Asian shares and the euro rose on Tuesday, but concerns over funding of euro zone sovereigns ahead of key auctions this week and of the debt crisis spilling over into the wider financial system kept investors cautious about taking riskier positions.

MSCI's broadest index of Asia Pacific shares outside Japan <.MIAPJ0000PUS> rose 0.6 percent following a modest gain in global stocks. The materials sector <.MIAPJMT00PUS> led the rise in Asia after Alcoa Inc , the largest U.S. aluminium producer, gave a positive outlook for global aluminium demand.

Alcoa on Monday posted a fourth quarter loss due to a steep plunge in aluminium prices, but its revenue beat expectations. Alcoa is perceived as a bellwether of broader economic growth because of aluminium's role in the production of many goods. Its shares edged higher in extended trading.

Japan's Nikkei <.N225> opened up 0.4 percent. <.T>

With European woes overshadowing recent positive economic data from the United States, market players will be seeking from Chinese trade data due later in the session signs of how the euro zone debt crisis is affecting Asian growth.

Chinese export growth is expected to slow to 13.5 percent in December, the weakest in two years, excluding February when the Lunar New Year holidays disrupted activity.

The euro was up 0.1 percent at $1.2773, lifted by a short squeeze after hitting 16-month lows of $1.2666 on Monday, as players pared extremely bearish bets against the single currency ahead of key events in Europe this week. But the single currency remained vulnerable given no fundamental reasons for its recovery.

EURUSD continues to trade below $1.2800, and prospects for EUR remain bleak, analysts at BNP Paribas said.

Italian and Spanish debt auctions this week are the focus of the market as the two big euro zone economies are seen as most at risk from the crisis.

A plunge in euro zone government bond prices on concern about financing ability eroded capital at European banks which own large amounts of such bonds. Problems faced by a top Italian bank only underscored the difficulty to recapitalise and raised fears about the debt crisis unsettling the financial system.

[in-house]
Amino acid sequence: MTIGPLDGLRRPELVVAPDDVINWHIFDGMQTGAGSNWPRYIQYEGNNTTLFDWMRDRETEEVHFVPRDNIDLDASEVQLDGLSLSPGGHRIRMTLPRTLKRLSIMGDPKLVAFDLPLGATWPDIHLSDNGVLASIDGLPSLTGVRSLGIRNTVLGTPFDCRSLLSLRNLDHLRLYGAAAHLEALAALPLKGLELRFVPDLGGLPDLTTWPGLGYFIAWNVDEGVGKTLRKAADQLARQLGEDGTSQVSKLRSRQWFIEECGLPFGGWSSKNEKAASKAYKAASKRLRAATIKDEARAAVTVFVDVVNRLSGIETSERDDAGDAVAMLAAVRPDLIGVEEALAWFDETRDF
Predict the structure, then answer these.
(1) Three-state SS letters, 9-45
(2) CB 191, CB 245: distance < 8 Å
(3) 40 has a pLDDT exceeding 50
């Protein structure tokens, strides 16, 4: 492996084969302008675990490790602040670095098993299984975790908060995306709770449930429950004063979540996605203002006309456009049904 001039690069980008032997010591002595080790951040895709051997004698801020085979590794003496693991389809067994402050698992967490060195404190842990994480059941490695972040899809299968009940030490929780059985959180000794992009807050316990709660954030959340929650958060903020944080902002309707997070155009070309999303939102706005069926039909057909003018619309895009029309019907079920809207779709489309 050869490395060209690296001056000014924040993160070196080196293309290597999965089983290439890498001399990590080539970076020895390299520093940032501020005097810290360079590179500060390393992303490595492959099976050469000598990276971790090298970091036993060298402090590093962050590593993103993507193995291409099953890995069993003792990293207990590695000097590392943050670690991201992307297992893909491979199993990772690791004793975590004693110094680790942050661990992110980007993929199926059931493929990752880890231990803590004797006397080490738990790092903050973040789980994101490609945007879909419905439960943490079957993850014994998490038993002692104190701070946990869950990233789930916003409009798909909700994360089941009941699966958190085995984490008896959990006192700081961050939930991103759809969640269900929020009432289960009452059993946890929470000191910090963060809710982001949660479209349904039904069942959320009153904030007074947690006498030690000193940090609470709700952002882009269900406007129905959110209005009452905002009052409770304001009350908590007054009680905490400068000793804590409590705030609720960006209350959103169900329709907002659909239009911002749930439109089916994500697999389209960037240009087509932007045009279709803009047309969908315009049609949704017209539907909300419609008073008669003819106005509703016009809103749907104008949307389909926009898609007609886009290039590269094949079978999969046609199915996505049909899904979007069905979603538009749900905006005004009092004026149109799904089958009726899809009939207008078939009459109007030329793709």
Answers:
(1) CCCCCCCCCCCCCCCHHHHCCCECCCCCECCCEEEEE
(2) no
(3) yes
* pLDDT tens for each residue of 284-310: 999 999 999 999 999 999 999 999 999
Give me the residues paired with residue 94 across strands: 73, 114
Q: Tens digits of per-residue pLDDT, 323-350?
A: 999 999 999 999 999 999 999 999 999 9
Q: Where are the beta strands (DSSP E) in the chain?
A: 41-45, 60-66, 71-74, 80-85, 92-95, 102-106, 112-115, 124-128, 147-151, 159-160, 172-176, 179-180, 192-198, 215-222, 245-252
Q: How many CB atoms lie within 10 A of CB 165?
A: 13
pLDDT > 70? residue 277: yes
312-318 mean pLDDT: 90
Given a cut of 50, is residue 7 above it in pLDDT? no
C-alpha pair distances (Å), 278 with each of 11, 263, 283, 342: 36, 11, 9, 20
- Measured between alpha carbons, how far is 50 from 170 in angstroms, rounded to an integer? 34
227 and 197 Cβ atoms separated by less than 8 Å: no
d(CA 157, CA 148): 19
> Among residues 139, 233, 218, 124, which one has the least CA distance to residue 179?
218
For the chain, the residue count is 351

Shares of UniCredit , Italy's largest bank by assets, plunged again on Monday as it began a rights issue to bolster its capital. Its stock has lost 45 percent since it priced the cash call at a big discount last Wednesday and its market capitalisation has nearly halved.

The bank is the first big lender to tap the market to repair its balance sheet since new capital targets were imposed.

A meeting between German and French leaders on Monday also added to jitters, as Chancellor Angela Merkel and President Nicolas Sarkozy warned Greece it won't get more bailout funds until Athens agrees with creditor banks on a bond swap and pressed for an early deal to avert a potential default in the euro zone's most debt-stricken nation.

Merkel and Sarkozy also said they aimed to wrap up negotiations among euro zone countries this month on a new fiscal pact tightening budget discipline, to be signed at the latest on March 1.

Asian credit markets were on the defensive side on Tuesday, with spreads on the iTraxx Asia ex-Japan investment grade index sticking to late Monday levels.

In a sign of how investors are choosing safety over return, an auction of short-term German debt drew such strong demand that yields on the issue were negative for the first time ever.

Fears over the euro zone debt crisis also led commercial banks to put their money at the European Central Bank rather than lend to each other. Overnight deposits at the ECB hit a new record of 464 billion euros, figures on Monday showed.

(Additional reporting by Ian Chua in Sydney; Editing by Ed Lane)